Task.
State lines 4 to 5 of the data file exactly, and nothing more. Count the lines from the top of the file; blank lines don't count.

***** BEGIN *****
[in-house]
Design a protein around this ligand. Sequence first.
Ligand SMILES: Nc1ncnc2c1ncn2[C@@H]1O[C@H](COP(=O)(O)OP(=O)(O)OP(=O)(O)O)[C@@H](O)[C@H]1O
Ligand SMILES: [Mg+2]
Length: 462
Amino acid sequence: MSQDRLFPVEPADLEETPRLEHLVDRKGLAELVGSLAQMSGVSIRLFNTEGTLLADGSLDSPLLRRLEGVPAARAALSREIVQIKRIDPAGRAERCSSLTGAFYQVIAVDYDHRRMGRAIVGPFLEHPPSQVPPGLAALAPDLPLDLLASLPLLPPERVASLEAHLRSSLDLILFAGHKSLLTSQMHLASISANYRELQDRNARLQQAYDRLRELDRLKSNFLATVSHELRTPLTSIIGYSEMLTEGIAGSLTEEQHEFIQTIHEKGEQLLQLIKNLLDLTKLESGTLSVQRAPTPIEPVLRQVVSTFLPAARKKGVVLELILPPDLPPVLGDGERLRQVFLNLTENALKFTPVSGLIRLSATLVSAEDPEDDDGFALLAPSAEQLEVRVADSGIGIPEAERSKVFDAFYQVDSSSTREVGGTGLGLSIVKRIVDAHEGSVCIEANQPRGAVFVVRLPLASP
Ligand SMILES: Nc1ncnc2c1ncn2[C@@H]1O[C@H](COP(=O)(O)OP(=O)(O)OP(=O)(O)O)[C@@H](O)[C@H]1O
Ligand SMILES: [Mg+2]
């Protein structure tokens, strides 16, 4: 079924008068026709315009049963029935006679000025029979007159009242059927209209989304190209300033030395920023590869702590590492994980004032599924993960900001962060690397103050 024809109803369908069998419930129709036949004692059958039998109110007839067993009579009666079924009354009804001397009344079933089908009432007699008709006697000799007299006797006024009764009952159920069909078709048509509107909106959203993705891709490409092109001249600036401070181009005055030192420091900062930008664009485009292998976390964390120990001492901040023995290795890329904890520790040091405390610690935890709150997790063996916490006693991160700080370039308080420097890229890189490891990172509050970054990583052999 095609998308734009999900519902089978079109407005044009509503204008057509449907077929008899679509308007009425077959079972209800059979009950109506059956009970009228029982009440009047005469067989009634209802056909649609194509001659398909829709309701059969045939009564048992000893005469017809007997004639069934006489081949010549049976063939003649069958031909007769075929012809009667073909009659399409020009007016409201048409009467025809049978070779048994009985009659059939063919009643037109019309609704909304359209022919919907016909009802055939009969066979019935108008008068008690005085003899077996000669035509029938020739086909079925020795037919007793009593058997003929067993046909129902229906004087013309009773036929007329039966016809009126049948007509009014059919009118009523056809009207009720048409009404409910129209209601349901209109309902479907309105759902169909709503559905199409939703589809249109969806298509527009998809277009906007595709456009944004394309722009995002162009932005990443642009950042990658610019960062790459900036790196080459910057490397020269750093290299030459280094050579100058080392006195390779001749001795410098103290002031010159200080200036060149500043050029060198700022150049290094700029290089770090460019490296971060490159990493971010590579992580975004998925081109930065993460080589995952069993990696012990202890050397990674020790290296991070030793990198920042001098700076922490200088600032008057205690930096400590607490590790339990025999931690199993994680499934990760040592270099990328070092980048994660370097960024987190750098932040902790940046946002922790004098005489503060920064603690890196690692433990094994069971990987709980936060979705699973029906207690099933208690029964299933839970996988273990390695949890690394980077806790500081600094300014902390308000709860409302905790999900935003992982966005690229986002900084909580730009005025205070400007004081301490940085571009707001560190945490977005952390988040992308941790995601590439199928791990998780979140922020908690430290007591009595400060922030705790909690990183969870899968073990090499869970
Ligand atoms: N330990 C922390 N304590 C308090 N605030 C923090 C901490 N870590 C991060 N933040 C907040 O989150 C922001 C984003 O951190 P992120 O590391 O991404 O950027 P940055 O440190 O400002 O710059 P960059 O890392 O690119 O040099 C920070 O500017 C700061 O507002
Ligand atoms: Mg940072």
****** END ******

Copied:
Ligand SMILES: [Mg+2]
Length: 462